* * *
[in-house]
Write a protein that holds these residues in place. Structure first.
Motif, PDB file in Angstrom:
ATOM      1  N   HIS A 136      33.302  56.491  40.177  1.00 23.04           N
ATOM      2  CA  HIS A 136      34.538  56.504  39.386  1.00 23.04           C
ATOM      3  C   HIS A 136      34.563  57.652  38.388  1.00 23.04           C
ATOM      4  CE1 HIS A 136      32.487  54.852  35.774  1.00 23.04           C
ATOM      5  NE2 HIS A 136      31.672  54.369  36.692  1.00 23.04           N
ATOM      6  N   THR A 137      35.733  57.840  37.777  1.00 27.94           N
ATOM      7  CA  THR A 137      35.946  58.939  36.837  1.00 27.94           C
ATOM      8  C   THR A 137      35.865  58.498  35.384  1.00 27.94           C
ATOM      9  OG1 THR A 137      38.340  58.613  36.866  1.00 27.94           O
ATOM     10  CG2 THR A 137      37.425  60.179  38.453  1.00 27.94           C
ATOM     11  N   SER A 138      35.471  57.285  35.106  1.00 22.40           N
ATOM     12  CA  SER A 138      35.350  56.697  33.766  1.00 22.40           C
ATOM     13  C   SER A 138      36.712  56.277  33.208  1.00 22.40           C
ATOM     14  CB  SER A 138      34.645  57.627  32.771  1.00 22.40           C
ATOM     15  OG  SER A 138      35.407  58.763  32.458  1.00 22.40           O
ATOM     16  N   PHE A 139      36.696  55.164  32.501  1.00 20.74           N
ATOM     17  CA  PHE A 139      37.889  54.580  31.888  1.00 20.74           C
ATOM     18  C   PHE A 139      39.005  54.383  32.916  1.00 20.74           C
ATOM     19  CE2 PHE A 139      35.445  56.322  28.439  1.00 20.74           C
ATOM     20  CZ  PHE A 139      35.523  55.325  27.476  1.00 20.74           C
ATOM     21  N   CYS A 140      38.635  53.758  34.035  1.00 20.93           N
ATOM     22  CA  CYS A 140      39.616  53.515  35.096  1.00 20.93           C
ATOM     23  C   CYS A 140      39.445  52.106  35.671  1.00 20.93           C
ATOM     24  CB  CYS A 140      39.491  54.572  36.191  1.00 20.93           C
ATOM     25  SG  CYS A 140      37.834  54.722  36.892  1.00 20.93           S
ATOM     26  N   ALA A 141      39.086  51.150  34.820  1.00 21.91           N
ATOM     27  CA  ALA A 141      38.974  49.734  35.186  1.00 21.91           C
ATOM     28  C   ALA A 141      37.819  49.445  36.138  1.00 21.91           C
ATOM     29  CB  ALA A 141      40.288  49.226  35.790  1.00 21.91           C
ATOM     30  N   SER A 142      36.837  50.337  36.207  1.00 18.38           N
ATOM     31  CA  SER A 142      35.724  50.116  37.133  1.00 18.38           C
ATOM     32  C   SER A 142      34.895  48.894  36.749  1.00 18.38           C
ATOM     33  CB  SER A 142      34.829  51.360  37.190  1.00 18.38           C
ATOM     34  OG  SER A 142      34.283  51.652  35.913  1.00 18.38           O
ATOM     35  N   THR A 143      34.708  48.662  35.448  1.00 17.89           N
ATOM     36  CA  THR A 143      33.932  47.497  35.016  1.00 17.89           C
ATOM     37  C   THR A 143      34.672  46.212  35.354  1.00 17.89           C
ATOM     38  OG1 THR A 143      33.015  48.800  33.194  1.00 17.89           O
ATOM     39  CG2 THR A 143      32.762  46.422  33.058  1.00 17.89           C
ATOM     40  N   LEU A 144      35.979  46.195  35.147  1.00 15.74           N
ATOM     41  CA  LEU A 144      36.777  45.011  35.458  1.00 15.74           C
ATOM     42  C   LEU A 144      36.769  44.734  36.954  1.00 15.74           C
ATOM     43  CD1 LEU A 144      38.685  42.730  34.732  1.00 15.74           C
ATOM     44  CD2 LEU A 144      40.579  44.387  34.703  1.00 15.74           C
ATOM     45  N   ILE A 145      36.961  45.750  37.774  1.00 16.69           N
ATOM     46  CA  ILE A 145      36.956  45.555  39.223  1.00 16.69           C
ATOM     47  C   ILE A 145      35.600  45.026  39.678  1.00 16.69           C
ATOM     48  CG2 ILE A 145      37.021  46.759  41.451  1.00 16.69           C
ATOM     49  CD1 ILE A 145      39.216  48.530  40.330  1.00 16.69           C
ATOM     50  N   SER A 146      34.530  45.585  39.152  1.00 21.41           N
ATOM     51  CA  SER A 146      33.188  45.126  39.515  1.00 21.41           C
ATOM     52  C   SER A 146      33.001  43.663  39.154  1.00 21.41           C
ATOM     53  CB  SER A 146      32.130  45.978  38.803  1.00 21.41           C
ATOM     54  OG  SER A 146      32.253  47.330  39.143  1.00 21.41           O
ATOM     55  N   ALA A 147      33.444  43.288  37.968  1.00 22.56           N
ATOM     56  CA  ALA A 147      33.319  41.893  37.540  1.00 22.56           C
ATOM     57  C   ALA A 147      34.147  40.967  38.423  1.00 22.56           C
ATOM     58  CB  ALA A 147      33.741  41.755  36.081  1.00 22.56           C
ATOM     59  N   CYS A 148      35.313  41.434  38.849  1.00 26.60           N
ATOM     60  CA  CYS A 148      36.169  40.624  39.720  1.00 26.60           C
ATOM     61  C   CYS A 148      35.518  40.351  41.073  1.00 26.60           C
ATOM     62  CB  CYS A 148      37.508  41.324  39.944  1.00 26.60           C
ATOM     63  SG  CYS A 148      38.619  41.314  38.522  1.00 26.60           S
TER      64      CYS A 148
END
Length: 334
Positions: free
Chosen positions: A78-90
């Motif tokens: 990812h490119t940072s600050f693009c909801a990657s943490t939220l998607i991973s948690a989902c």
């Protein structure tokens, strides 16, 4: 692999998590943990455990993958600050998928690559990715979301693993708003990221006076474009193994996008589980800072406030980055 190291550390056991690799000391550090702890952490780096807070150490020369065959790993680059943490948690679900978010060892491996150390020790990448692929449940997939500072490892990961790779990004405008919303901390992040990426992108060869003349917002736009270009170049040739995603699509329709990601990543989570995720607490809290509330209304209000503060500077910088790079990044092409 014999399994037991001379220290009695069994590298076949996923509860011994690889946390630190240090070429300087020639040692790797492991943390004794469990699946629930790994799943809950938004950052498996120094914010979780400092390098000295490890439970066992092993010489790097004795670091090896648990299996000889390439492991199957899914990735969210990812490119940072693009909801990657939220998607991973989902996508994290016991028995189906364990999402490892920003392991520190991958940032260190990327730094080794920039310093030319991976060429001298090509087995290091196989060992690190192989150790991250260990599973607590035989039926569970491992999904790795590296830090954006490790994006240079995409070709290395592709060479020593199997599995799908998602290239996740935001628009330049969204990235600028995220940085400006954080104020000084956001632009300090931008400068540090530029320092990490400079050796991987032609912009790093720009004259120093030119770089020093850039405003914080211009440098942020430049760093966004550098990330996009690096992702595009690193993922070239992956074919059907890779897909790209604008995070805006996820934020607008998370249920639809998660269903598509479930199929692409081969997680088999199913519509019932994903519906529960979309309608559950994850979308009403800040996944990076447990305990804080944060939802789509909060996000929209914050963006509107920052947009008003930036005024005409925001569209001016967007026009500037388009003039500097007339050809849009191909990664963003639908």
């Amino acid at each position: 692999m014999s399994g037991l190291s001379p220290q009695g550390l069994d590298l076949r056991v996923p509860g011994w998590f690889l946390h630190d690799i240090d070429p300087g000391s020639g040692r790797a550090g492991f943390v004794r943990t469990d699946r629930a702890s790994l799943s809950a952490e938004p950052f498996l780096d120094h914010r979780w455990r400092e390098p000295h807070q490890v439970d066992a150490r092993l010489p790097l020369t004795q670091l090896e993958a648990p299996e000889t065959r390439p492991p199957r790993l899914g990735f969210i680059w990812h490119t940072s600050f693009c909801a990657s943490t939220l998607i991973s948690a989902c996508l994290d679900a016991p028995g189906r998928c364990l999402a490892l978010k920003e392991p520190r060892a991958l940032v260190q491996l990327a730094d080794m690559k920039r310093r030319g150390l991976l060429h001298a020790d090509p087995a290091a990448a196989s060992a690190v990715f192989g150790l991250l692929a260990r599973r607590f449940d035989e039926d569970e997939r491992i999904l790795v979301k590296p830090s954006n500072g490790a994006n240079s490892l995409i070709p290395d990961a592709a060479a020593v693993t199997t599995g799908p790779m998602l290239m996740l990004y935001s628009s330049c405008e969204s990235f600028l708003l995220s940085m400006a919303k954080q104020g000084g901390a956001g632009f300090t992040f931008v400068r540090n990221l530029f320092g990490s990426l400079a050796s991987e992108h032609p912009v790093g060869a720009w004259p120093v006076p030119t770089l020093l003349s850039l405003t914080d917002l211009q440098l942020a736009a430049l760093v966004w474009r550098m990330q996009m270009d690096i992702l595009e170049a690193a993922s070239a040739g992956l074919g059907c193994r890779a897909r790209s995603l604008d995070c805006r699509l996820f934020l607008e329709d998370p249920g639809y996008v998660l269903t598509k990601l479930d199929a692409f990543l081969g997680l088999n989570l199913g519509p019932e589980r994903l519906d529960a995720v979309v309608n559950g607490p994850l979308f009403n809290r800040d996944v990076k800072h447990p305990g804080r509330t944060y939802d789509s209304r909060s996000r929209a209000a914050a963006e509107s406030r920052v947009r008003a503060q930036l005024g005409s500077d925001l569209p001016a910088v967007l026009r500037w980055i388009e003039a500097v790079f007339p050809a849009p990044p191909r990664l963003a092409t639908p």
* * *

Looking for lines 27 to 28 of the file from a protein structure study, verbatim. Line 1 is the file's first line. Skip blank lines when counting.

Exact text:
ATOM     24  CB  CYS A 140      39.491  54.572  36.191  1.00 20.93           C
ATOM     25  SG  CYS A 140      37.834  54.722  36.892  1.00 20.93           S